“There was a lot of chaos,” recalls Grant Fisher of his stunning win in the Millrose 3000, a race that was marred by the collapse of Kemoy Campbell. “Over the last few laps I was just focused on racing. The weight of the whole situation dawned on me once the race finished.
“People had good races there or had bad races, but I think all of it was put into perspective. Any emotions were put on hold. The weight of that was so much more significant than a PR or not living up to your own expectations in the race—everyone realized that in the moment.”
So it was with mixed emotions that the victorious Stanford senior looked up at the board and saw he had eclipsed Galen Rupp’s American Collegiate Record for the distance with a sparkling 7:42.62 that took almost 6 seconds off his PR.
“The quality of the field meant that in order to beat those guys, you’re going to have to run pretty fast,” he says. “I was a little surprised with how fast it did end up going. I probably would have been less surprised with a 7:45 or so. But I felt like I was in good shape and if I had guys to drag me around for a while, I could run pretty fast and compete with them. Looking up and seeing the time, I was pretty happy with it.”
The race also marked Chapter V in the rivalry between Fisher and Wisconsin’s Morgan McDonald, who edged him at the finish of the NCAA Cross last fall and now leads the rivalry 3–2. Fisher says, “I’ve raced Morgan plenty of times now and it’s always fun. He’s not a guy that you can ever count out. Every time I’ve raced him I’ve felt like he’s brought something out of myself that is something that’s hard to find sometimes.”
That last cross country battle may have played a role in the outcome at the Armory. “Of course I wanted to win that race,” he says, “and I was a little disappointed with how I executed over the last 150m. But it wasn’t like I was hanging my head and full of regret. There are things I learned from it, and I think there were things I learned specifically on how to race Morgan.”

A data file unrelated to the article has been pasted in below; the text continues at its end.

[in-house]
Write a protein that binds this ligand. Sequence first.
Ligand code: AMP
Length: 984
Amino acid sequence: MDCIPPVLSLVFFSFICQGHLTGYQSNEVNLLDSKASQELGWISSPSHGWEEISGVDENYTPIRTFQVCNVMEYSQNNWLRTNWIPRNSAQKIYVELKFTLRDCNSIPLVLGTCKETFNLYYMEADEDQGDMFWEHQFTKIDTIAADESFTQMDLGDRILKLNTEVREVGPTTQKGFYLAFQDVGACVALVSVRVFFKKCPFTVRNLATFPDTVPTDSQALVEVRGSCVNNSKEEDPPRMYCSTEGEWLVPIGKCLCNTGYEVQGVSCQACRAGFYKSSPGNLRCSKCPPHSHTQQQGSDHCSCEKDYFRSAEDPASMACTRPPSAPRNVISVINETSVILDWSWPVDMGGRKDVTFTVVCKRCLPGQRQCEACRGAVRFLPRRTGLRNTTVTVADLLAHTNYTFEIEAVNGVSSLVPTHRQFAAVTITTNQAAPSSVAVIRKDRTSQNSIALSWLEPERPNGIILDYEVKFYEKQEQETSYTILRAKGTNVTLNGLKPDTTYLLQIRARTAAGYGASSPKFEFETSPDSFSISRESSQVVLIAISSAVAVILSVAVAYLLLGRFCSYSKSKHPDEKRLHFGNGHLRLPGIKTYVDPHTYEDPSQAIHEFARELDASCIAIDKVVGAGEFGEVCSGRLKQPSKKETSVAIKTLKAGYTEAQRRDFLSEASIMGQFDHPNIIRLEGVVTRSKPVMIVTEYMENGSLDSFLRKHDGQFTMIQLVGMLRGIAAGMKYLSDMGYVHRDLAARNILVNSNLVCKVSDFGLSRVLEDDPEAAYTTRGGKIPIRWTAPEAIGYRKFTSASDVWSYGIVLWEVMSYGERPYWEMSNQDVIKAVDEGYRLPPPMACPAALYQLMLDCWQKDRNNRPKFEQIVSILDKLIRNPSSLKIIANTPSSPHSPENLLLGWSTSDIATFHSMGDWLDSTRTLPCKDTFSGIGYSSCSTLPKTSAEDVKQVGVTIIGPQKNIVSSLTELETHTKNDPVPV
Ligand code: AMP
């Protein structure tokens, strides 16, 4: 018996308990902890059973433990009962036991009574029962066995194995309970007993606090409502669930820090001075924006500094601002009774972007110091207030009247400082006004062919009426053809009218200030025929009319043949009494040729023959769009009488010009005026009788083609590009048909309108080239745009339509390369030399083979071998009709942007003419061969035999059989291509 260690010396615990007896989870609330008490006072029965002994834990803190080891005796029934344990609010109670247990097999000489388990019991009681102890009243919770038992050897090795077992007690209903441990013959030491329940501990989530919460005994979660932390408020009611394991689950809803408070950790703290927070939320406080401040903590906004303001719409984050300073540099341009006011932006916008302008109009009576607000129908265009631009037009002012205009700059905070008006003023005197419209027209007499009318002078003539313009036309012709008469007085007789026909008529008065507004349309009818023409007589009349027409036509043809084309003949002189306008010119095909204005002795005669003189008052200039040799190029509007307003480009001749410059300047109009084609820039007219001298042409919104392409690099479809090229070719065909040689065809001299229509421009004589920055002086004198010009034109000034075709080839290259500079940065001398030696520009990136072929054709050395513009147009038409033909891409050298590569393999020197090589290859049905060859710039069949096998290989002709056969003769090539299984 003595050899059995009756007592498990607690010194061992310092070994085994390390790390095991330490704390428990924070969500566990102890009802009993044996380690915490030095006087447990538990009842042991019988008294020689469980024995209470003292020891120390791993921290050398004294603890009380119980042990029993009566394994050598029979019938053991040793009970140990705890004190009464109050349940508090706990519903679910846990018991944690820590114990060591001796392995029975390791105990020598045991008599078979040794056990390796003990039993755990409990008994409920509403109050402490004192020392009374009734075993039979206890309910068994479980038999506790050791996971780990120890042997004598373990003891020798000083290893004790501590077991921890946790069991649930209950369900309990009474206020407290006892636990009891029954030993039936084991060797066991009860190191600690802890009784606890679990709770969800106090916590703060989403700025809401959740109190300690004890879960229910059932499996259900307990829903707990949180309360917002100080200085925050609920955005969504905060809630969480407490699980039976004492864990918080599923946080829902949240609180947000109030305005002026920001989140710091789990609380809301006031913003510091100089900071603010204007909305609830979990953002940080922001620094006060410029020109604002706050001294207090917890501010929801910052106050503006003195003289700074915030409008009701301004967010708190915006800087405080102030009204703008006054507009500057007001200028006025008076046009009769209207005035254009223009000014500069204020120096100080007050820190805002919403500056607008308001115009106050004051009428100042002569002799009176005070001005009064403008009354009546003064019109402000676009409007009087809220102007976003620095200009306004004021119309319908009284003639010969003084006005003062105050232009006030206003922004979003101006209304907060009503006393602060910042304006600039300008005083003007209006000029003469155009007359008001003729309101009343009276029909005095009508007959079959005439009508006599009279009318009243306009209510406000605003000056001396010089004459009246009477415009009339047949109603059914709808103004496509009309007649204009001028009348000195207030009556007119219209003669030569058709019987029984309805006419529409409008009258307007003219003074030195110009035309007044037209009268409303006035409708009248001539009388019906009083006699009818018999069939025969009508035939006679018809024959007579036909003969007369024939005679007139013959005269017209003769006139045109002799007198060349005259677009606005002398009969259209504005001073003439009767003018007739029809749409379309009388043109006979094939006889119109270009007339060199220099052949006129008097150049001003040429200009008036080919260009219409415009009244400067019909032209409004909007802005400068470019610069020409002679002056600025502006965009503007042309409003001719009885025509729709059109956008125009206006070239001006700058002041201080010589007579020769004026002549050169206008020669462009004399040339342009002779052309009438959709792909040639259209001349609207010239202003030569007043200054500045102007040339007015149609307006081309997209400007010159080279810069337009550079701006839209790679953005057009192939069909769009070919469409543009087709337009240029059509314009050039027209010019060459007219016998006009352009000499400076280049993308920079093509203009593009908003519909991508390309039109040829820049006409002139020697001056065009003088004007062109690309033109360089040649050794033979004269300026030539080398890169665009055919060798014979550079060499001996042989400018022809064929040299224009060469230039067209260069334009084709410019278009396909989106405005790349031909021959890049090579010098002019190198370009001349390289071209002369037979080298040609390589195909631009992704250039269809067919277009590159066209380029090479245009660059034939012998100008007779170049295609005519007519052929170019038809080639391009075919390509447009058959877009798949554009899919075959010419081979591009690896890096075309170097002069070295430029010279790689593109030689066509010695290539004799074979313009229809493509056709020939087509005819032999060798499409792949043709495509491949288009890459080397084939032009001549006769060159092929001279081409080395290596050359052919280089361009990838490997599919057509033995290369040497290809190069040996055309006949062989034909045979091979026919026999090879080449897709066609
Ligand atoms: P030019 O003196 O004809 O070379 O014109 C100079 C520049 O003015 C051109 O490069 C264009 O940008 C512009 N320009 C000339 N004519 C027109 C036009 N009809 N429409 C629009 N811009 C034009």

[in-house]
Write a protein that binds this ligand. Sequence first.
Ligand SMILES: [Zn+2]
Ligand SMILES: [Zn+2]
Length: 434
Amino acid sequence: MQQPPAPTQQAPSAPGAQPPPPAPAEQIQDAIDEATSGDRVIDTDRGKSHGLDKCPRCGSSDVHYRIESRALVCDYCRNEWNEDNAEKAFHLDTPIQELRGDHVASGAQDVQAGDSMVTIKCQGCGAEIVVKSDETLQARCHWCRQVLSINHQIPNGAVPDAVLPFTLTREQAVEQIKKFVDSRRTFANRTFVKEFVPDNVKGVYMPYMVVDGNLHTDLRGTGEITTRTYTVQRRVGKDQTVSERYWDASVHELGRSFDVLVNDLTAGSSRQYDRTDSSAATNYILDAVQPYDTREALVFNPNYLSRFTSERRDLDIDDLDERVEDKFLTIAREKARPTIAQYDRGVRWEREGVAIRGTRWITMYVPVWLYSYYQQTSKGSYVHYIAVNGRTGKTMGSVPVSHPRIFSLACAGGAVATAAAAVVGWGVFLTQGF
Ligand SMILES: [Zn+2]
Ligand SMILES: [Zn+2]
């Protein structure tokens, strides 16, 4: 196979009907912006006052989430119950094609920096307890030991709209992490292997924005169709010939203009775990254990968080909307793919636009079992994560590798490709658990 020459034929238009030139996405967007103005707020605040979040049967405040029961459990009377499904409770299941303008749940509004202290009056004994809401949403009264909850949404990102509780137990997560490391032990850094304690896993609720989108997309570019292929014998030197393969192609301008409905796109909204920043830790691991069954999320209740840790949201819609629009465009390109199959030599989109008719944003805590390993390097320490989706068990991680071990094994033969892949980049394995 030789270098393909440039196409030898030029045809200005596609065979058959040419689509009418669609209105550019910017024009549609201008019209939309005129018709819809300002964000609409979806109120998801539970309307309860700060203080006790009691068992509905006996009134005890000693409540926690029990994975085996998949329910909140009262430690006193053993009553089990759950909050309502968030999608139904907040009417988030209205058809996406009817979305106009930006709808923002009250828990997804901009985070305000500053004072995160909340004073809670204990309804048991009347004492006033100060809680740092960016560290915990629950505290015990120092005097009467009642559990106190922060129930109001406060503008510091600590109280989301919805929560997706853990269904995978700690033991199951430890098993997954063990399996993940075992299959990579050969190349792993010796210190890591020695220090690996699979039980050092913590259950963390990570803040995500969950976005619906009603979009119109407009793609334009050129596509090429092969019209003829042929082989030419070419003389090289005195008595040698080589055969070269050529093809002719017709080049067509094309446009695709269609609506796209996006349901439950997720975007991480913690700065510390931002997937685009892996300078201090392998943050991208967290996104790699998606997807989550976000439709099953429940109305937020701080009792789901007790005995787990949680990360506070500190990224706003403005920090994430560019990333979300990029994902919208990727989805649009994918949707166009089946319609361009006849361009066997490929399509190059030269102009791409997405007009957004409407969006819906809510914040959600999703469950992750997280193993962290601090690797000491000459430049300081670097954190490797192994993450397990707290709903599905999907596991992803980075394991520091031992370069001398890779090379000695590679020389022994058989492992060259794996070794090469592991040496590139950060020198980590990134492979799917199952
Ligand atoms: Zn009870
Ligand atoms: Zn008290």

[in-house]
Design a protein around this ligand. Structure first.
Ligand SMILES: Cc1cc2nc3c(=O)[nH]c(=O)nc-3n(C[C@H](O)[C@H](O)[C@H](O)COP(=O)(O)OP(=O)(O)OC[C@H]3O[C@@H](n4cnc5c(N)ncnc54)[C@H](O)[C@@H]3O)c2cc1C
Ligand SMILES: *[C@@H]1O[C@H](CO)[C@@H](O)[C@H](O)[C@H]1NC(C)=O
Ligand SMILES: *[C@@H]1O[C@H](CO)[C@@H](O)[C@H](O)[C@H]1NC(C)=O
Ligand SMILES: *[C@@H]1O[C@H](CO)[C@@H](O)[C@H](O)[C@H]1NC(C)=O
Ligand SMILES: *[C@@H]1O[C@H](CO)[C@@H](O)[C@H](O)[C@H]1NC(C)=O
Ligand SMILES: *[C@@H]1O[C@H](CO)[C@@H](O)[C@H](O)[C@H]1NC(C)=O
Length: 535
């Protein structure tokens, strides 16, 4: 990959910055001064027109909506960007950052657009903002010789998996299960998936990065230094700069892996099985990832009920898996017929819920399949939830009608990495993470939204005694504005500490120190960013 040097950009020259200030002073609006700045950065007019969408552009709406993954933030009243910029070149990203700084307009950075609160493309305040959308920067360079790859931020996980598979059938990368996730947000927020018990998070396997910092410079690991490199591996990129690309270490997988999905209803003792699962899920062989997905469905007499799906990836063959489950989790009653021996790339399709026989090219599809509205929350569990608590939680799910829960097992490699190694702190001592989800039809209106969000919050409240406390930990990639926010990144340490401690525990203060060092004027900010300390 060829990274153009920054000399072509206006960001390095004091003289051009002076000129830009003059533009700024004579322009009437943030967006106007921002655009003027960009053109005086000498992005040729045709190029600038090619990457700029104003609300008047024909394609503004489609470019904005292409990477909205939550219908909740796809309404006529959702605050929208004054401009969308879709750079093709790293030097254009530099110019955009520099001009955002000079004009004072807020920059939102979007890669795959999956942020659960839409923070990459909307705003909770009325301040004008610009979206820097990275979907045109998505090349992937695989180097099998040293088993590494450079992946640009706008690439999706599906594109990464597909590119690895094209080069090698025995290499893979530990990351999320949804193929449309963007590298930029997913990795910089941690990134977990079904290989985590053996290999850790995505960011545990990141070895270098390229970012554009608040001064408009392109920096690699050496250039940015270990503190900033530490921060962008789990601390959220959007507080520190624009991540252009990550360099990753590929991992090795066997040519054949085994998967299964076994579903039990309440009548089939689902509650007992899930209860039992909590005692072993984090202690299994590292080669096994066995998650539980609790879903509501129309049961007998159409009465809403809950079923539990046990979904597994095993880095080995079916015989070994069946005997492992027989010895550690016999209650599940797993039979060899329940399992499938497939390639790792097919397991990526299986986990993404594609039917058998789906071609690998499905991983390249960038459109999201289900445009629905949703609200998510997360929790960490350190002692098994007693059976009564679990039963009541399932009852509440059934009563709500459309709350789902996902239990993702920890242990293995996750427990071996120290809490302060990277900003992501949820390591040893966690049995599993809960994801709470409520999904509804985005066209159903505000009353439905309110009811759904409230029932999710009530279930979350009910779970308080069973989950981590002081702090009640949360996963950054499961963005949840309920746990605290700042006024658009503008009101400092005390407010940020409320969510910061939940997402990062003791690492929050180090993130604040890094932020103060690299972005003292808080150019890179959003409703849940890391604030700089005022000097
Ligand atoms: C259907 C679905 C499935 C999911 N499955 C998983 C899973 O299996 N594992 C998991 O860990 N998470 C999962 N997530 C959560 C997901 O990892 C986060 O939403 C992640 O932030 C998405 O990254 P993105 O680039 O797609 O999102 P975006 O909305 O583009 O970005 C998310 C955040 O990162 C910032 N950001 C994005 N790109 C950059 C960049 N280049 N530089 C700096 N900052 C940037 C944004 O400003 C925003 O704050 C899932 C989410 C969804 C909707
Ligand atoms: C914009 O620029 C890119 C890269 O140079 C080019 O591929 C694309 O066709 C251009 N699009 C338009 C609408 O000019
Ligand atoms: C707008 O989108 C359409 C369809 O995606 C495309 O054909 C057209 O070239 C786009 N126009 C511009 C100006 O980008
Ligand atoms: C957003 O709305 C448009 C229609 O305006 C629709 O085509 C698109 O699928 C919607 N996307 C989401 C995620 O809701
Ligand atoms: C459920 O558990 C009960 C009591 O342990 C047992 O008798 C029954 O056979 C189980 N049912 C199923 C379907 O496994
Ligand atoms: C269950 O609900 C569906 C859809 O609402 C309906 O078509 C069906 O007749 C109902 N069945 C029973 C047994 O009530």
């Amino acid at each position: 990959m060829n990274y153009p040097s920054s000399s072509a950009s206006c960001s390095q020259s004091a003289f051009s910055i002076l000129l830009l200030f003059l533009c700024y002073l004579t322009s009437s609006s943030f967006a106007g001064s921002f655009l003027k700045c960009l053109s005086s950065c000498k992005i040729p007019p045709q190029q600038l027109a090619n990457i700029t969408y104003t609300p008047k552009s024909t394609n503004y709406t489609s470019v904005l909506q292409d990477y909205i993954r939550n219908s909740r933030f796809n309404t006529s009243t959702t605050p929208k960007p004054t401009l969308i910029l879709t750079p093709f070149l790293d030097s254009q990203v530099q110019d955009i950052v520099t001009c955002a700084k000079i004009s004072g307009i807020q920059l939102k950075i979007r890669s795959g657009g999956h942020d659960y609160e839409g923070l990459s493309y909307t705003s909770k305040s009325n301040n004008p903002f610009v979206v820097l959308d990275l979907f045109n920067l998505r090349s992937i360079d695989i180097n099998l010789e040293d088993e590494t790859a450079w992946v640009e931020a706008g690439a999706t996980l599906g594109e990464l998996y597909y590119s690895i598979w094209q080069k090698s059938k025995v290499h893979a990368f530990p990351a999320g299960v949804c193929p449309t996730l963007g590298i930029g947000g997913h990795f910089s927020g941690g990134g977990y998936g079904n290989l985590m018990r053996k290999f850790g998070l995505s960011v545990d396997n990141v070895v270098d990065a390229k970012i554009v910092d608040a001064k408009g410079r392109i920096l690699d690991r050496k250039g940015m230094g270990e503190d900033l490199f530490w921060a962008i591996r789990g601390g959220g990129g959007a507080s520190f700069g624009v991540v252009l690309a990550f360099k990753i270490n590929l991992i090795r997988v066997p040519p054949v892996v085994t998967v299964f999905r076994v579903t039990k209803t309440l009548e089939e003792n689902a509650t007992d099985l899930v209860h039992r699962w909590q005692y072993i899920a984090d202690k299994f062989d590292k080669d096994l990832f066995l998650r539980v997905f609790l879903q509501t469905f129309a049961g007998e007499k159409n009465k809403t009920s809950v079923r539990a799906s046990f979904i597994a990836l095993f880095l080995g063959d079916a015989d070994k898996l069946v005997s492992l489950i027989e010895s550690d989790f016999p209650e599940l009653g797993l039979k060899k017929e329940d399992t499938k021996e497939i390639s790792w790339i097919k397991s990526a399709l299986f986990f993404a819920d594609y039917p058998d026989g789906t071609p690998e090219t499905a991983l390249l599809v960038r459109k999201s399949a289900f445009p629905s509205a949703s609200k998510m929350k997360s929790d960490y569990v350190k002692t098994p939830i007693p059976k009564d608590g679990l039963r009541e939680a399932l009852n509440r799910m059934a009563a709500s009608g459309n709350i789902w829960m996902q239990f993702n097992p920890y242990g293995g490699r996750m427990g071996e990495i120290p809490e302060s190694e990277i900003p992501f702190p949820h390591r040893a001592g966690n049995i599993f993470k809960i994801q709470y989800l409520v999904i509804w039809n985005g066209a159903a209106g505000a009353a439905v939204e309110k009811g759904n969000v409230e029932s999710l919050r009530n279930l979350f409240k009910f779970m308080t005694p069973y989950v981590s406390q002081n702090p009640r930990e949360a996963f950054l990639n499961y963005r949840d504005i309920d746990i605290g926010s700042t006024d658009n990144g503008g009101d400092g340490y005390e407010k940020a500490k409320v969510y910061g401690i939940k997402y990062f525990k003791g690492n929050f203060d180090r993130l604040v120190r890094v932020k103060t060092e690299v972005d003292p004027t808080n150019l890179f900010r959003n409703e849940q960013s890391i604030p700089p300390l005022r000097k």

Another rematch is likely on the way at the NCAA Indoor, where Fisher will be in the 3000 in addition to the distance medley, should the Cardinal time—currently on the cusp as No. 12—hold up as a qualifier. Of the double: “I did it last year [4th in both] and I learned a lot. I think I’m more prepared this year.”
Then there’s outdoors, where some big decisions loom for the 21-year-old Michigander, who will be graduating with a degree in Electrical Engineering in June. Last year he competed at both NCAAs and the USATF meet. This summer, there will be a much bigger gap between those events, and with no XC season to worry about Fisher says he may be very interested in going for a U.S. team spot in Doha.
“That conversation [with coach Chris Miltenberg] will probably come after indoor. I’m trying to weigh my options,” says Fisher, who will have one season of indoor eligibility remaining after graduation. “I’ve applied for a graduate program at Stanford. I’ll find out about that in about a month. I’m trying to open up some doors for myself just with the graduate program potentially, or maybe declaring a minor and staying and doing indoors.”
Or, he notes, he may see a professional option. He has a chance to get his feet wet in the big pond when Stanford hosts the Prefontaine Classic in June. “It could be fun to hop into potentially. I have no idea if I could get into an actual Diamond League event, but I think they have a non-DL 3000. It’d be really fun. A great experience.” Whichever way he goes, he notes there are other incentives to staying close to Stanford. “I’ve really enjoyed being coached by Coach Milt. He’s done a great job of bringing me along and integrating me into his system. It works for me.”
Fisher got attention in high school for training on a relatively low-mileage program, up to 50 miles a week under coach Mike Scannell. Now with Miltenberg he’s won an NCAA title and is knocking on the door of world class on about 70M (c110km) a week. “I feel pretty comfortable with that. That doesn’t wear me down too much. And it keeps me fresh.”
Another reason Fisher may stick around is that his younger brother Mark has signed to play soccer for Stanford: “It’ll be cool to see him out here. That’s another factor in whether I’m coming back next year or not because I’ll have a year of overlap with him if I stay for a fifth year. And I think my parents would enjoy that a lot.”